by Maria El Sammak
Several years after popular protests swept Lebanon back in 2019, uniting thousands of protesters under anti-establishment slogans condemning the sectarian political system, widespread corruption, unemployment and dire socioeconomic conditions, the effect and impact of the protest movement is still contested.
The protest movement was a breeding ground for many newly established, emerging political movements – several of which went on to become officially registered parties – and some saw the performance of these groups during the 15 May 2022 parliamentary elections as an indicator of the protest movement’s success. While the reformists were able to garner 13 seats in Parliament, it is still difficult to conflate or even quantify the success of the protests with the number of parliamentary seats won, only three years after the popular uprising. Now, in the aftermath of the elections, it is still unclear whether the reformists will be able to create one parliamentary bloc – establishing a coordination structure to try to ensure they vote in line on core issues and portraying a unified front in the face of the establishment.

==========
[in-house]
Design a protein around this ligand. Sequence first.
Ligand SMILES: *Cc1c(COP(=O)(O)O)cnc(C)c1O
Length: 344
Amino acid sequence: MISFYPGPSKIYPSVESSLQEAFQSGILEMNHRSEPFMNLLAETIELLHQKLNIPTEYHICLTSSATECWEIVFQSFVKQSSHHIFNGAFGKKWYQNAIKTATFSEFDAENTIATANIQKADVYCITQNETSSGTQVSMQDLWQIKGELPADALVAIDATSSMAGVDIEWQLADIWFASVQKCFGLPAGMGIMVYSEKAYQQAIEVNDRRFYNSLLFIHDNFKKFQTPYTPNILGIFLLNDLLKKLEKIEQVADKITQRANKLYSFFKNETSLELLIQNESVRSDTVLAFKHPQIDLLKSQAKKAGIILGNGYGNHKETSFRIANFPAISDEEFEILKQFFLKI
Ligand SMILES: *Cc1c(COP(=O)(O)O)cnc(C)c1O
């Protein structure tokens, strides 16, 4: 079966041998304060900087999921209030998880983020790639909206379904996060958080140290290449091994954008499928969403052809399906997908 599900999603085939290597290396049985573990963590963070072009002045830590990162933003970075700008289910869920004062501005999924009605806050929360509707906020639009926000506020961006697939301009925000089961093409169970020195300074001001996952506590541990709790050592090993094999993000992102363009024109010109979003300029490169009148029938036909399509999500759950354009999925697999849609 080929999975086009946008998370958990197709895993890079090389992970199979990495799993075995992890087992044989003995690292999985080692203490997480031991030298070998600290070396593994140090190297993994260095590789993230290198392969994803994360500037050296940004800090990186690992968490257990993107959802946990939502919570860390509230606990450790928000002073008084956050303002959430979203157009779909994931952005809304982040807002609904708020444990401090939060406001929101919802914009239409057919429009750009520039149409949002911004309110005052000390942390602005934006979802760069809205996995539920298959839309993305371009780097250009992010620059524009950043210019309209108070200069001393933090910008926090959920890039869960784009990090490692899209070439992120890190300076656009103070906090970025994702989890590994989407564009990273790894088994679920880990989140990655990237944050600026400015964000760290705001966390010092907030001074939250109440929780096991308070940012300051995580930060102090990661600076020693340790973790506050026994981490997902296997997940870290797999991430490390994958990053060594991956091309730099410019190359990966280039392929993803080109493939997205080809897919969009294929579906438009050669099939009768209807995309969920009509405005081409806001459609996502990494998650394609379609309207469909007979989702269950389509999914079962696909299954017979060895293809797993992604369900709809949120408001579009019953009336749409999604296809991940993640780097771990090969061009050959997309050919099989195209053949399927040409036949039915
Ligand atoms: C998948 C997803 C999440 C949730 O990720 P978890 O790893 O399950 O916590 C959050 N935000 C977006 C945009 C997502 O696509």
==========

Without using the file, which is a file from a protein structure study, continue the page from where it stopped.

As part of our Middle East Centre collaboration project with the American University of Beirut, we conducted interviews with several founding members of prominent emerging groups. During these interviews, we found that there are indeed diverse approaches and opinions with regards to bringing about political change in Lebanon. With that being said, these groups still share common elements of a joint vision for the future, including demands for an independent judiciary, accountability for the 4 August 2020 Beirut Port explosion, implementing administrative decentralisation, transitioning into a secular state, adopting a unified personal status law, calls for civil marriage, and so forth. Despite these commonalities and the overarching theme that unites them – their battle against the current political establishment – these groups are still deeply polarised. This was especially apparent when efforts to form a single opposition alliance in preparation for the elections essentially failed. Concretely and on the ground, opposition groups were ultimately competing for votes, running against one another in different lists.